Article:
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LABOUR IN OTHER LANDS I THE AMERICAN WOOL AND SILK I INDUSTRY. According to the financial statistics for the year 1909, particulars of which has just been published, the number of workers in the Wool Industry (in which the wool is made up) has decreased from 1018 to 985, whilst the number of persons employed in these works has increased from 141,998 to 168,722; that is an increase of 26,724, or from 139 to 171 per concern. The number of female workers alone increased from 56,682 to 75,869. The wages paid in the year 1905 averaged 388 dollars per annum, or 7% dollars per week; in 1909 the numbers were 428 and 8t dollars respectively. The value of the produce rose from 2,098 dollars to 2,488 dollars per head of all employers. The same statistics show that the silk factories, during the period 1905 -1909 increased in uumber from 624 to 852, whilst the number of employees rose from 79,601 to 99,037, including 4,027 and 6,201 salaried officials and 45,000 and 62,000 women respectively. The number of children under 16 years of age rose from 7,366 to 13,000. 95.2 per cent. of all those employed in the slik industry are engaged in factories where the workitfig time amounts to more than 54 hours per week. The average wage of all those employed in these factories rose from 7,28 to 8.49 dollars per week, the value of the wares produced per head rose from 1,668 to 1,992 dollars. THE FRENCH LABOUR COUNCIL I I The lfrech Labour Council (Conseil Superieur du Travail), which is pre- sided over by the Labour Minister, has declared itself unanimously in favour of a Bill according to which girls under 16 years of age and youths of under 13, many only be employed in hotels and public houses, etc., when same are under the direct control of the father, mother or guardian of such juveniles. The proposition to raise the age under which females are protected by law, from 18 to 21 years, has been rejected by all the employers' and seven workers' votes. The Bill men- tioned provides among other things that- young female persons may not be called upon to wait upon the guests between the hours of 9 p.m. and 7 a.m. Chambermaids must in all cases be at least 18 years old. The Labour Council further dealt with the question of the "free Satur- day afternoon," during 10 sittings. A resolution was adopted, according to which efforts should be made for the legal limitation of the working day for women and juveniles to 10 hours for the first five days of the week, closjng on Saturday at noon. As regards the male workers, the "English Week" is to be demanded for all those trades defined by the Labour Council. It would be for the organisations on both sides to decide at what time the works should close on Saturday afternoon; in case of no understanding being ar- rived at between the organisations, the matter to be decided] through the Arbitration Board. It might be of interest for the workers to know how the Labour Council is made up. This Council, which plays such a great role in the preparation and execution of labour legislation in France, is composed as follows:—19 members are chosen from the Chambers of Commerce, two from the Council of Agriculture, 21 from the Workers' Trades Unions, eight from the employers and workers re- spectively—members of the National Board of Arbitration, three from the Senate, five from the Federal Council, one from the Paris Cham ber of Com- merce, one from the Co-operative Wholesale Society, one from the Management Board of the Employment Bureaus, three members of the Uni- versity appointed by the Labour j Minister and five representatives of the Ministry. THE SYNDICALISTS' INTER- .1 NATIONAL. I The Dutch Secretariat of the oyn-:l' j calistic trades unions recently pro- nounced a verdict strongly in disfavour of the collective tariff agreement. These trades unions, to which scarcely five per cent. of the organised workers of Holland belong, are of but little im j poitance. Bill Haywood, President of the North American Syndicalists (Chicago School;, recently spent two months in Europe for the purpose of studying the conditions a.nd on accqunt of his hea'Mi. i He appears to have visited France and England only, and to have very care- fully avoided Germany—whose Labour Movement may justly lay claims to a certain importance—even as he did some years ago, when his European tour resulted in his conversion to syndicalism. This explains why he found it so easy to dispose of the modern trades union movement and political action with a wave of the hand, or with a few rough words. The syndicalistic movement (I.W.W.) of which he is the head, numbers (ac- cording to their own figures) only 70,00 members, in spite of the typical American advertising campaign under- taken by him and his colleagues, and this number can hardly be vouched for-Tom Mann, the leader of the English Syndicalist, made a lecturing tour through the United States upon the invitation of the American I.W.W. discouraging and condemning political action in its phase. Upon Gompers, the President of the Federation of Labour, taking him to account in his j paper, in conection with his a-ttrick ( upon the Federation, Mann l declared, in a rambling sort of statement, that the press reports had been fanned.. He had always advised his audience to join the organisations affiliated with. the Federation of Labour and to instil syndicalistic ideas into ?-r,7r-e. The • I.W.W. cou7d ii'1in c ? < ￼ t M a- propa g anda h>dv ?'i! ?' Fe dera- t i on. T'? ''?"'):' ny nf sugar- ■ ing the p' ?'?.. n- '•rr-rvt-r's t, 11-ifl. ?o ?. • :■' i: < • ho .si- ist secession' r.'v':cru • I CO-OPERATIVE SOCIETIES H The JDesDorougii tengiana) co- operative Society has purchased the whole village of Harringworth with a view to starting tli4Eii- own productive enterprises there. The valuable de- posits of iron which are thought to ex- ist there will be worked by the Society itself—The Trades' Hall Council of Melbourne (Victoria) decided upon the establishing of a Co-operative, Whole- sale, Retail and Productive Union throughout the country. According to the Regulations, members failing to purchase at least one-half of their goods from the Union may be fined 10s. per half year unless they can show good reason for purchasing elsewhere. Any member neglecting to send in his ballot paper when requested to do so is liable to a fine of 2s.6d. The Federation of the Swiss Co- operative Societies has entered into an arrangement with the greatest slaughter-house in the country, under which the Federation enters into partnership with the Slaughter-house Company, which will have the provid- ing of practically all the co-operative societies with meat, etc. Of the 2,100,000 German co-operators recorded at the beginning of the year 1913, no fewer than 1,483,811, regis- tered in 1155 societies, belonged to the Central Federation of the German Co- operative Provision Societies, which is closely bound up with the modern Lab- our movement. The societies of the Central Federation employed 22,794 persons in the year 1912. The year's turnover was 423 million, the value of the wares producer by the affiliated societies was 84 million marks. At the end of the year 1912 thore existed 2,145 co-operative societies in France, 2,980 of which societies re- ported an annual turnover of 314 mil- lion francs. 1064 of these societies supply non-members also. 34 of the societies of the railwaymen are bakery bnsinesses exclusively. The "Socialist Federation of Co-operative Societies" numbered 465 provision stores, 27 pro- duce societies and one fire insurance office, on January 1st, 1913. The total turnover of the Federation with its 146,000 members was 63 million francs. The wholesole society founded by the Federation in 1906 had a turnover of 10 million francs, and a profit of 81,000 francs. THE TRADES UNIONS AND THE LABOUR PARTY IN ENGLAND The ballots in connection with levy- ing of contributions for political pur- poses have already been taken in the case of most of the principle unions. The British Labour Party is almost entirely dependent upon the organisa- tions directly affiliated to same. The Trades Act of 1913 provides that the funds of trades unions may not be used for political purposes unless over one-half of the members agree to same by ballot; every member may claim ex- emption from the extra contribution. Ten trades unions in which the ballot has already been taken have a total membership of about 1,500,000. The aggregate result is as follows. For, 450,000; against, 310,000; not voting, 380,000. It is an extraordinary fact that ni fewer than 200,000 miners voted against, seeing that a third of the Labour Party are miners' repre- sentatives, elected by themselves, and further theat they have achieved more through legislation than any other class of worker, the legally regulated working day, the minimum wage, etc. It is to be hoped that the indifference and even hositility which is being dis- plaved in some quarters towards the Labour Party will not lead to internal friction or secession. This ballot clear- ly emphasises once more, the import- ance and necessity of thoroughly edu- cating the workers in those matters so nearly affecting them and their wel- fare, and the establishing of a soriius and powerful labour press. —————— ——————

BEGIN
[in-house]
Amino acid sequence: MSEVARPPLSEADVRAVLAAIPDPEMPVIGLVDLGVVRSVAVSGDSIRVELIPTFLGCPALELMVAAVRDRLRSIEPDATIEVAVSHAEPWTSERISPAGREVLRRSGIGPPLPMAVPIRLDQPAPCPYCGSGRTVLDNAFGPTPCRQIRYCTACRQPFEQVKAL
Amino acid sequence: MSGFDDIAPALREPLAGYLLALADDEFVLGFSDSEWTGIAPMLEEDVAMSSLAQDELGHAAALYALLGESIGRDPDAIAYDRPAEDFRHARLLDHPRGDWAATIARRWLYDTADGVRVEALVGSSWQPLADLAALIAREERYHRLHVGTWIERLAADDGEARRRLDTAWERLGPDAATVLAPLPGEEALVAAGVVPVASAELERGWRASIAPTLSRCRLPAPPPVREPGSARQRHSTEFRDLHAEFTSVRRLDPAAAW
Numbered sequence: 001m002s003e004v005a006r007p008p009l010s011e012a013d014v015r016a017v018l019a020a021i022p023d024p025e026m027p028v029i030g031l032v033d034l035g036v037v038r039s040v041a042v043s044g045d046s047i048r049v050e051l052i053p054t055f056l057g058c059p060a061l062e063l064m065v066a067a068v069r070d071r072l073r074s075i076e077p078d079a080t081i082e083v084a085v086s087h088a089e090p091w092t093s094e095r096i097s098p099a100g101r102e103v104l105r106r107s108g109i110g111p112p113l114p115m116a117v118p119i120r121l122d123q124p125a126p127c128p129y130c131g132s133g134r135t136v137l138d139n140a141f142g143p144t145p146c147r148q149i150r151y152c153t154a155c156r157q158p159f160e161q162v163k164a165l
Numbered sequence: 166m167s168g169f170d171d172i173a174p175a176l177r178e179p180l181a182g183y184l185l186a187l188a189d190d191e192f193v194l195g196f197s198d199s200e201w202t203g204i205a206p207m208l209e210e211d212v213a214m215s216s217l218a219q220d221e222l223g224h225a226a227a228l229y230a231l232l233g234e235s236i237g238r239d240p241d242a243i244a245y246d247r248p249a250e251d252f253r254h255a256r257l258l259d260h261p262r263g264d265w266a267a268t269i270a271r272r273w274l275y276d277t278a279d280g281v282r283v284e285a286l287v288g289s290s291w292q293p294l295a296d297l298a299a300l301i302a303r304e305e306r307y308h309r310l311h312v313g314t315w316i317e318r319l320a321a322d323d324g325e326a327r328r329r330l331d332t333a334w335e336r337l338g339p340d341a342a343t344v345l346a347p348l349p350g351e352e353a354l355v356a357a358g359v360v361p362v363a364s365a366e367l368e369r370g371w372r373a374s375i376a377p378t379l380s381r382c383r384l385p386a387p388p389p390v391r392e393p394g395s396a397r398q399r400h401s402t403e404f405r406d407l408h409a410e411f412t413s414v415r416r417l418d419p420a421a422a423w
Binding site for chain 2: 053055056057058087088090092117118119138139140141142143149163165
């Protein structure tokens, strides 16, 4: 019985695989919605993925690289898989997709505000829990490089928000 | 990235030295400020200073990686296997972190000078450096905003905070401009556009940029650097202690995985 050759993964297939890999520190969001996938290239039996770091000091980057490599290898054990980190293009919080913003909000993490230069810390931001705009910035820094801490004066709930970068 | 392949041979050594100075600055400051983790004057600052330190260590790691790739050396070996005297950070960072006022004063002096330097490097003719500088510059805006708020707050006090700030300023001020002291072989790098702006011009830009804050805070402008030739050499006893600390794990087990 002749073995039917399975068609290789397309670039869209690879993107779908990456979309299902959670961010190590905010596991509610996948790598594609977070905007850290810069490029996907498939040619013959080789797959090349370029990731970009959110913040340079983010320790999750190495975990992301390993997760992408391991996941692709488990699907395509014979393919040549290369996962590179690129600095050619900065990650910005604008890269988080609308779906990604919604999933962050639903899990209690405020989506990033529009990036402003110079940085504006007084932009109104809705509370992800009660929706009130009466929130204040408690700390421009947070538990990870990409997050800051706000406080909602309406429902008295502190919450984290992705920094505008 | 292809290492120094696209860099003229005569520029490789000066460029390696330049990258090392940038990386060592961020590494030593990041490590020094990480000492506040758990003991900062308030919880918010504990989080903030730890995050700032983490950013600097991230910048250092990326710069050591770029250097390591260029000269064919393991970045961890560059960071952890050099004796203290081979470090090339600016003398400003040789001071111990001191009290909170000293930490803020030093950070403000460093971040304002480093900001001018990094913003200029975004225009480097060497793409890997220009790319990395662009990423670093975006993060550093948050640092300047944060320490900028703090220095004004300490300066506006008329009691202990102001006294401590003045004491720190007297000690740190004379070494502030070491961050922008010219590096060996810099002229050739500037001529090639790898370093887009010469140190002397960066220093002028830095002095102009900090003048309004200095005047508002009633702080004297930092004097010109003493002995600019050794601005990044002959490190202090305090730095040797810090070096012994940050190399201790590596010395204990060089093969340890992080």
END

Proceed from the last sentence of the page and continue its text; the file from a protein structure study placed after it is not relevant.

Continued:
CHAPELS AND CULTURE WELSH NONCONFORMIST'S LAMENT. [ In "Y Geninen," the Welsh Nation- alist magazine, there appears a re- markable article from the pen of a well-known writer. The article is a jeremiad on what the writer declares to be "the obvious fact that the edu- cated and cultured classes in Wales are turning their backs upon the Non- conformist chapel which secured for them their educational advantages. Where men of culture remain identi- fied with Free Church activities they are the exception the rule is that the college trained youth of Wales to-day forsake the paths of their Noncon- formist parents, sever their connection with the chapel and its teaching, and disassociate themselves entirely from all religious observances and activities. The writer says that he has lived for forty years in the midst of a dense in- dustrial population and is intimately acquainted with the condition obtain- ing in every denomination, and is driven to the oonclusion that a. college career and a liberal education, as a rule, lead to practical agnosticism on the part of those who, before they entered college, were among the most active workers in the Free Churches. "To-day" adds the writer "to their everlasting credit, be it said, practic- ally all our Free Church officers are working men, while the educated and cultured classes wash their hands of everything appertaining to Christian and philanthropic work."
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THE SYNDICALIST AL- LUREMENT." MR RAMSAY MACDONALD'S OPPOSI- TION There was a great gathering at Dundee when Mr. J. Ramsay Mac- donald, M.P., delivered a rousing speech on political questions of the hour. He said that the opponents of Home Rule were simply beaten poli- ticians who were trying to frighten people out of their political convictions. These politicians' social recreations were Tango teas and auction bridge, and their political pastime high treason (Cheers.) The Labour Party was not going to desert the cause of Home Rule. (Renewed cheering.) Mr. Larkin, said the speaker, ha.d done an admirable piece of work in Dublin, but his mistake lay in copying Carsoa, and Trade Unionism would not succeed by means of the sympathetic strike- Trade Unionists had got to combine, and the workers' method should be for those at work to provide supplies for them on strike. "As a matter of fact," declared Mr. Macdonakl, in ringing tones, "this Syndicalism, this allurement is another Delilah in the pay of the Philistine. It is Capitalism trying to shear the locks off the Samson of Trade Unionism. (Laughter and cheers.) ♦ •
ANTHRACITE DISTRICT SUB-AGENCY The oountin.g of the votes in connection with the second ballot for the sub agency of tho Anthracite District took place on Tuesday at Swansea, with the following result John J. Jamee, Cwmgorse 5,677 S. 0. Davies, Great Mountain 4,155 T. P. Jones, Ystradgynlais 3,342 John Harris, Pamtyffynon 2,524 Messrs. J. J. Jam-es and S. 0. Davies will go to the final ballot.
A meeting under the auspices of the National Service League was held at the Public Hall, Clydacli, Councillor R. A. Jones presiding, when Mr. T. G. Martin, one of the National Service League, delivered an exhaustive ad- dress to a meagre gathering.
Pan Fyddwch yn Abertawe ac am GWPANAID 0 DE neu GINIAW BLASUS Y lie goreu i chwi fyned yw i'r r HOTEL MONICO, 33 HIGH STREET. Ystalfell eang, gysurus at wasanaeth Un- debau, Gwib-gyrc-h Ysgolion SuJ, etc. PERGHENOGES: MRS. A. E. RICHARDS Prisoedd rhad, a'r gwaga4mmAb gorea.
HARD ON WORKING MEN. LOSS OF TIME IN ATTENDING INSUR- ANCE MEETINGS At a meeting of the Carnarvonshire Insurance Committee Mr. Wm. George (chairman) presiding, attention was called to the hardship that would be inflicted upon working men who were members of the committee if they were not remunerated for the time lost in attending meetings of the committee and its sub-committees. Mr. R. T. Jones (secretaiy of the North Wales Quarreymen's Union) said that if working men were not compen- sated for loss of time they would not be able to attend, with the result that the work would be done by officials and a few men who would know nothing of the life of the common people. The chairman said that the commit- tee had already decided that members should be compensated for the loss of time, and had sent a communication to that effect to the Welsh Commission- ers, who had written asking for an es- timate of the cost.